After four years of war, Aleppo is a city in ruins, bombed by the Syrian air force, threatened by ISIL, its population decimated. Bread queues, electricity and water cuts, rationing and road-blocks are part of daily life. “Rubble and rubbish fill the streets. Looting, hunger and sleepless nights are normal. Medical services have collapsed.” One of the oldest continually inhabited cities in the world, a thousand years of civilization have been reduced to wreckage.
Philip Mansel writes in his introduction, “Aleppo was a city with a rhythm of its own, challenging categories and generalisations. Lying between the desert and the sea, the mountains of Anatolia and the banks of the Euphrates, it was Arab and Turkish; Kurdish and Armenian; Christian, Muslim and Jewish. An Arabic-speaking city with a Muslim majority, under the Ottoman Empire Aleppo also became a centre of French culture and Catholic missions. Like many other cities in the region, it mixed East and West, Islam and Christianity. Until 2012 Aleppo was distinguished by its peaceful character. For 500 years, whatever their origin, its inhabitants had lived together relatively harmoniously. The reasons for this harmony, and for the current cataclysm, are the subject of this book.” Continue reading The BookBlast Review | Aleppo: The Rise and Fall of Syria’s Great Merchant City
The book has become a luxury item, production is costly, and then there is Amazon which has radically changed the publishing landscape. A prize, a gift, a gorgeous object: the book has an irresistible allure. Publishers have learned that it is well worth sending their writers on tour around the country to promote their work and engage with readers at live events.
While the bigger book festivals like Hay, Cheltenham or Oxford have something of a showbiz atmosphere, with audiences queuing to see their favourite ‘celebrity’ author, the smaller festivals like Bridport are more ‘real’ and benefit readers who can get more from an intimate event.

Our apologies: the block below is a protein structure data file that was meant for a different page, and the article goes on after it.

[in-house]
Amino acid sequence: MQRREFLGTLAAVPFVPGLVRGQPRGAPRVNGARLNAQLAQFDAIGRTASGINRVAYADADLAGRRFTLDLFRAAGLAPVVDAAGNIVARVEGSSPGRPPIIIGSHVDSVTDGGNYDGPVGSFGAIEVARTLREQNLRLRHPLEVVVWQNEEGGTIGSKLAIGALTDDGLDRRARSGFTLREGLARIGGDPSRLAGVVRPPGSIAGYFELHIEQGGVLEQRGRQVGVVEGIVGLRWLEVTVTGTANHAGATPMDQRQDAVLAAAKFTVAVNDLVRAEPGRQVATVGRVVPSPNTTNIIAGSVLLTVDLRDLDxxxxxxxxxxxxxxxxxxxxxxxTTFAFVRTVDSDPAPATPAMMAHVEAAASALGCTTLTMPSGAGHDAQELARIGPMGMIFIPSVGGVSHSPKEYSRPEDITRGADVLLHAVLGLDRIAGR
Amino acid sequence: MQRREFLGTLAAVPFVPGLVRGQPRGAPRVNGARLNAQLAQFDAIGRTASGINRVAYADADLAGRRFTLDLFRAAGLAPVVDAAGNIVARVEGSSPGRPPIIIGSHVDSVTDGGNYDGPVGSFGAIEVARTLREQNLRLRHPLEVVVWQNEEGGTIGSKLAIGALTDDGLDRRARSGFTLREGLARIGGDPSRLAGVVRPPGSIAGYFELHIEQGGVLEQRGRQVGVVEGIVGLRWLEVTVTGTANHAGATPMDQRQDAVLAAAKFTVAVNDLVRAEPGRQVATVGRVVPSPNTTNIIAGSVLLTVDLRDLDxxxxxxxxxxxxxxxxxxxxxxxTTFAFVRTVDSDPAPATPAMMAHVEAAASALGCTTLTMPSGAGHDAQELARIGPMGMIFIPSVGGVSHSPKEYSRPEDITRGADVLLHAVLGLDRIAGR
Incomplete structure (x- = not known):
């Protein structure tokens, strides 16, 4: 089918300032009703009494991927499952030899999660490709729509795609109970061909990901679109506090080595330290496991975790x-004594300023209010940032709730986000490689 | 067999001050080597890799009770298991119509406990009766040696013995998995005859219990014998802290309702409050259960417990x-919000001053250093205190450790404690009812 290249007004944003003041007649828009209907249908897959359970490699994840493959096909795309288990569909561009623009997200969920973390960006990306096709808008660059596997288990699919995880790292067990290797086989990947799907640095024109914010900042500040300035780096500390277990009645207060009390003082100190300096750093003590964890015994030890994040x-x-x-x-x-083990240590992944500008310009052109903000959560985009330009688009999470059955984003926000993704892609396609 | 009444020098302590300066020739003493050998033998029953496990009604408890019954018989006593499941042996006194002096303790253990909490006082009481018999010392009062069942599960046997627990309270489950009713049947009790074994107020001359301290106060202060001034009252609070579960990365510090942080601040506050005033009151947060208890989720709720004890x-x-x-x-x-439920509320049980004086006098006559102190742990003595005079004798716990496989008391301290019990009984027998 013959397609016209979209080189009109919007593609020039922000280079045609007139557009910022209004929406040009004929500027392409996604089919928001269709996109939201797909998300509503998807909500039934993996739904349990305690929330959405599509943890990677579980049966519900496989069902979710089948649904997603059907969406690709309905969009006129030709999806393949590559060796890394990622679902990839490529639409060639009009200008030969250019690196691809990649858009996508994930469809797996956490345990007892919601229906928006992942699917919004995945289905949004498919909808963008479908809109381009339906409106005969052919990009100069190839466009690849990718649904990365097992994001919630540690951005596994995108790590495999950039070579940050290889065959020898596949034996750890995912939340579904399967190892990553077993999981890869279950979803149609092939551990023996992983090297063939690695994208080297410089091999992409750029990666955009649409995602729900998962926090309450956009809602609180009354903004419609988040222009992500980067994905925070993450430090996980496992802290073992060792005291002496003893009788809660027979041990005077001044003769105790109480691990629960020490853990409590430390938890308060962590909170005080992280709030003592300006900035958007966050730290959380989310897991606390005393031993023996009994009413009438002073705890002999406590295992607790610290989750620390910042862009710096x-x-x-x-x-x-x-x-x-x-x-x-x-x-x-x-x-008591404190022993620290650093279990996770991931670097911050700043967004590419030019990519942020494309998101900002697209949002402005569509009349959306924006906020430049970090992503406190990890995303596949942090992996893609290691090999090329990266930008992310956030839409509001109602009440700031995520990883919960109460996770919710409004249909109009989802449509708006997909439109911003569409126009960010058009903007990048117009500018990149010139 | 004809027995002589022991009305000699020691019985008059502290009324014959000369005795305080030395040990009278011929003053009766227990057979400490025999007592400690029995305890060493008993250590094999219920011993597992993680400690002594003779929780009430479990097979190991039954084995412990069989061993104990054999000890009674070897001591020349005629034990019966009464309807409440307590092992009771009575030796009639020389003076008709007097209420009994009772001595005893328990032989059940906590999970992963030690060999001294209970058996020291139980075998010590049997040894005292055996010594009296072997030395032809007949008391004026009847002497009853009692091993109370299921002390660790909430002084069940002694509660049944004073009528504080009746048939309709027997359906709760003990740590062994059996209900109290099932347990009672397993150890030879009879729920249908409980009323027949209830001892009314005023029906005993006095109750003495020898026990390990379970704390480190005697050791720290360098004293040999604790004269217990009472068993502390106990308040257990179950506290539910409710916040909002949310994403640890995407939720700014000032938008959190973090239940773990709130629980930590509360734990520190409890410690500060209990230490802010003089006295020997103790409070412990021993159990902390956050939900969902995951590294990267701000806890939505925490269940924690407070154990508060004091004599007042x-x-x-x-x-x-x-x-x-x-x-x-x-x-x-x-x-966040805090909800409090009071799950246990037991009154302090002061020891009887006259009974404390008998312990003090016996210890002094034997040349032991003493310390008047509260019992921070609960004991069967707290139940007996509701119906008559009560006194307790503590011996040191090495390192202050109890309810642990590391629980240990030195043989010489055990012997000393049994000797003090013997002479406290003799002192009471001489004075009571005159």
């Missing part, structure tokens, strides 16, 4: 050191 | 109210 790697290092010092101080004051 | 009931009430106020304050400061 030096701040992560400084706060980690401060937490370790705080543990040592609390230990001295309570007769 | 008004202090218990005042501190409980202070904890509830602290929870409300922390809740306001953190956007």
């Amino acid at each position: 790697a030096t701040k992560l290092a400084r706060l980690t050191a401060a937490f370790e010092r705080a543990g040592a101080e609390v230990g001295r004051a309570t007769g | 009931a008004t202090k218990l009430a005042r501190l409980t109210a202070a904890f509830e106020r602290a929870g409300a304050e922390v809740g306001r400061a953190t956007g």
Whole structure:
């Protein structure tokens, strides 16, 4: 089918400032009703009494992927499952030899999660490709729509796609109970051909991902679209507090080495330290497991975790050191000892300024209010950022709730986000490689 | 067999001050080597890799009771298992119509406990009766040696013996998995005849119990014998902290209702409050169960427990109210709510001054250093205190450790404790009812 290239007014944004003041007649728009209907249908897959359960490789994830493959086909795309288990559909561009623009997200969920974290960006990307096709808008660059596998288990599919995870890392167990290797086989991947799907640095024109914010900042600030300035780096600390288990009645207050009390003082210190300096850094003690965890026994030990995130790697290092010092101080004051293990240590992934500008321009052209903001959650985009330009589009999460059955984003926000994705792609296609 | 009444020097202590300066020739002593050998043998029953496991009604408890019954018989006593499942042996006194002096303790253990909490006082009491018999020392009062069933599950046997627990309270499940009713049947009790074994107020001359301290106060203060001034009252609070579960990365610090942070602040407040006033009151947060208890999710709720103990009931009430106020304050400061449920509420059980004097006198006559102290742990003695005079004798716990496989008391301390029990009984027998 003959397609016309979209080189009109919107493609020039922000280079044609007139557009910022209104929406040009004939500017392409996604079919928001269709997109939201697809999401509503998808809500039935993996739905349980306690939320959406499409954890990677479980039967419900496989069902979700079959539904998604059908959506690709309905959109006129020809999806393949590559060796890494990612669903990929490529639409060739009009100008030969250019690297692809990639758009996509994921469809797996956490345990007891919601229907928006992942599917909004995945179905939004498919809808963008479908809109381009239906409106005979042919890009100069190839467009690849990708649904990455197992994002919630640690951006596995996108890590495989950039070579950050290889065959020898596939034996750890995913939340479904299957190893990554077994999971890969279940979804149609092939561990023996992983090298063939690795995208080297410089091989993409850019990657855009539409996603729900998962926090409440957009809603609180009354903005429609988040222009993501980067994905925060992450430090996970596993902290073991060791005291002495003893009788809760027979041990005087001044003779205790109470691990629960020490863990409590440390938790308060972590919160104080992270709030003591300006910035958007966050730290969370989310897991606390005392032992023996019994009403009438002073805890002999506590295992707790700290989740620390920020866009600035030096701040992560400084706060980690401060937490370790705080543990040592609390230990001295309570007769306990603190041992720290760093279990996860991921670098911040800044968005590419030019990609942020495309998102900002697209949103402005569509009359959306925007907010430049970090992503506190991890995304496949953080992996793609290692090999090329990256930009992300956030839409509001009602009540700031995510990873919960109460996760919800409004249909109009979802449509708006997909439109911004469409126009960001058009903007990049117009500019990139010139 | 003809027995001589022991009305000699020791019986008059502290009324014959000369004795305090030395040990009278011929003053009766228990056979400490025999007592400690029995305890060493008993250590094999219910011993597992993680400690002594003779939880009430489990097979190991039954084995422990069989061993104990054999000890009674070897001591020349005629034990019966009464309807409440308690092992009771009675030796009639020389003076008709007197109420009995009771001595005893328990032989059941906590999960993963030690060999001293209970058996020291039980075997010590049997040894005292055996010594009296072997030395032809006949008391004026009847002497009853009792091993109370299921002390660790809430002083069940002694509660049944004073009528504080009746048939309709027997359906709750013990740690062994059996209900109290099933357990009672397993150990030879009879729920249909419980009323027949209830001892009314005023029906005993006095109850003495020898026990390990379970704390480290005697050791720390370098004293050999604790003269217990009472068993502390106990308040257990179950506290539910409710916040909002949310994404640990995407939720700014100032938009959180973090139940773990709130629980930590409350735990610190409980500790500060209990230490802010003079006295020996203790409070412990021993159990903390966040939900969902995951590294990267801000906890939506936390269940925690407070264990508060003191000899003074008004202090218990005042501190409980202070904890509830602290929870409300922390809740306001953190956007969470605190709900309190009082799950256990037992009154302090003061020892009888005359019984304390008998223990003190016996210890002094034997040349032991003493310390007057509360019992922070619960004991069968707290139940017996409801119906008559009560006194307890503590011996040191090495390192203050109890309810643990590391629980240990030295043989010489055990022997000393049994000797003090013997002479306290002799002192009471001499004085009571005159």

Continue reading #bookblast at the 2015 Bridport Literary Festival
Gone are the days when an author’s book promotion was simply about having a launch party, doing a few press and radio interviews, some bookshop signings and a talk at an appropriate venue. Now, in the UK, more books are published per inhabitant than anywhere else in the world: the scramble to get noticed is fierce.
The full author book promo package now includes: having an author website, contacting personal Media contacts and those with specialist and local appeal, as well as international contacts; getting endorsements; writing for the press when and where possible; arranging speaking engagements, seminars, or workshops; connecting live ‘n’ direct with readers to build up a following via social media (facebook, twitter, youtube, pinterest); writing a blog, guest blogging and going on blog tours. It is immensely time consuming, but adopting a luddite attitude is ill-advised.
The literary festival circuit is a key component of book promotion. The more an author gets known the more likely it is sales will rise, ergo financial gain for all involved. Few writers would shun the opportunity to promote their latest book to potential punters, however many or few of them come to a talk and buy a book afterwards, with an autograph thrown in.
Continue reading BookBlast on the seemingly unstoppable boom in literary festivals